When I first learned about the different types of word problems (many, many years ago) I thought that we were overcomplicating the issue. Our program had students spending a lot of time reading word problems and identifying which problem type they were. Students were spending days writing “situation equations” and “solution equations” based on these word problem types.

I wasn’t a fan.

Over the years I have discovered that while my instincts were correct in *some* respects (my special education students with a tentative understanding of word problems were not best served spending their time writing a variety of equations as a means of understanding word problems) **I really underestimated the importance of understanding word problem types. **

## What Are Word Problem Types

Given an addition or subtraction or multiplication or division word problem, we see consistent structures in the action of the problems.

For addition and subtraction this means:

- Put Together and Take Apart Problems
- Add to and Take Away Problems
- Comparison Problems

For multiplication and division this means:

- Equal Groups Problems
- Array Problems
- Comparison Problems

## Why Do Word Problem Types Matter

Word problem types are important both in terms of your instruction and assessment. So often as teachers we lament the fact that word problems seem to be more of a “reading and comprehension” issue than a “math” issue. Recognizing word problem types can help to bridge the gap.

As a teacher, recognizing word problem types can help to determine what your students **do **understand and comprehend in terms of a math story and what they still need support with.

For example, your student is given the following two problems. They quickly and easily solve the first problem but struggle and ultimately give up when trying to solve the second.

5 red fish and 8 yellow fish are swimming in the pond. How many fish are in the pond altogether?

5 red fish and 8 yellow fish are swimming in the pond. How many fewer red fish than yellow fish are in the pond?

By recognizing that the first problem is a “put together” type problem and that the second is a “comparison” type problem, you can focus your teaching to support your student in understanding comparison problem structures.

Rather than simply stating that your student “struggles with word problems” you can identify exactly which structures your students understand and where they need additional support and instruction.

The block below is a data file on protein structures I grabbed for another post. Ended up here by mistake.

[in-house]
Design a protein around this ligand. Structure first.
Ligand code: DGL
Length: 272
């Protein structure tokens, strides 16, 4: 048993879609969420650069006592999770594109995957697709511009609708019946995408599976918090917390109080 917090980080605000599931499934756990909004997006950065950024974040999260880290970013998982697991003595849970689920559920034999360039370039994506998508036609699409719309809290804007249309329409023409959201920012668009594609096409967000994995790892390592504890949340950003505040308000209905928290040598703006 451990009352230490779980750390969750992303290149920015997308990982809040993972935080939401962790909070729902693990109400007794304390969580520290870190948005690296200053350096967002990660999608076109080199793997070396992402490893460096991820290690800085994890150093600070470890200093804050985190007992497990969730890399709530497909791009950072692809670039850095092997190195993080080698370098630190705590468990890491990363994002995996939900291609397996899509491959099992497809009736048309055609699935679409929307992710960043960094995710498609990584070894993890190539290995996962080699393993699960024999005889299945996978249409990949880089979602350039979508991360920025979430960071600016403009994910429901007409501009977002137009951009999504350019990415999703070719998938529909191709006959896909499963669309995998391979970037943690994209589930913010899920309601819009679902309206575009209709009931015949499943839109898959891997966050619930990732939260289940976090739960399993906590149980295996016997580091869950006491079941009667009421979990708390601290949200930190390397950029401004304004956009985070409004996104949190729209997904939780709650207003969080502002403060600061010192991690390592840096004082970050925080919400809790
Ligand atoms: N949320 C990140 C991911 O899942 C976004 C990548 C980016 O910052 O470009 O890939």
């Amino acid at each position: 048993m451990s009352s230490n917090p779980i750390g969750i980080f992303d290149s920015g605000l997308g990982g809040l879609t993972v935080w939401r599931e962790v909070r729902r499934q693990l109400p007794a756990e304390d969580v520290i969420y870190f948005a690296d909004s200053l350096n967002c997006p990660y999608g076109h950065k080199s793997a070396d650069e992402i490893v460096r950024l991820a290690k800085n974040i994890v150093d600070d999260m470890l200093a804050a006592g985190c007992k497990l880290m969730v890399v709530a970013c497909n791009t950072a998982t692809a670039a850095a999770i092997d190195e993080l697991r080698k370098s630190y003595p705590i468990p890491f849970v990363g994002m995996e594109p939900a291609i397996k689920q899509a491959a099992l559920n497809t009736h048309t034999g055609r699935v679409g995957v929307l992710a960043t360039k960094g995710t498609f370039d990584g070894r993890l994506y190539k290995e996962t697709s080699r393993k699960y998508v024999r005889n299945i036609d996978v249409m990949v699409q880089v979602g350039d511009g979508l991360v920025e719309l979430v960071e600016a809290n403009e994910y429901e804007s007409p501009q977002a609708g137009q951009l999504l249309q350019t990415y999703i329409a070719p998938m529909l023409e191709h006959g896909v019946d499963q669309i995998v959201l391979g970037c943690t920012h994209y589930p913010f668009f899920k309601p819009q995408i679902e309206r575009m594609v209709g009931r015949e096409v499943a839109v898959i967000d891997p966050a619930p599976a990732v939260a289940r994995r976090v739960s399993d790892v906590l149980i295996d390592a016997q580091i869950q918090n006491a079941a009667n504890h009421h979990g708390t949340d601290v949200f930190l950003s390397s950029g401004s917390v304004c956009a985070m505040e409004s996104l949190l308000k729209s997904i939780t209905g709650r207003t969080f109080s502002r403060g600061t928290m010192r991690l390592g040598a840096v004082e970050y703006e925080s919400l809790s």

## How Can We Support Our Students?

- When using word problems in your instruction, be mindful of the types of problems you are using. Note which problem types your students are successful in and where they need more support.
- If your students need support understanding how to solve a word problem type, use hands-on manipulatives and visual models to model the problem so that your students can more easily understand the context.
- Use explicit practice to solve a variety of word problems within the word problem type your students are practicing.
- Mix word problem types together. Hand your students a variety of word problems on task cards. Ask your students to find all of the problems of a given type. Can they distinguish, for example, all of the comparison problems from the group?
- Use numberless word problems to help your students focus on the action or context of word problems.

## Word Problem Resources

Using different types of word problem resources can help you to support your students in different ways.

Word Problem Task Cards can be a useful tool when you want your students to attend the the structure of math problems. You can use the cards to create sorting activities.

Word Problem Notebooks are a useful tool when you want your students to draw models and visual representations of word problems and to connect these models to an equation.

Numberless Word Problems help get to the heart of the action or context of a word problem. Because you start with no numbers and employ a great deal of conversation these problems are simple to differentiate and give all students a point of access into the activity.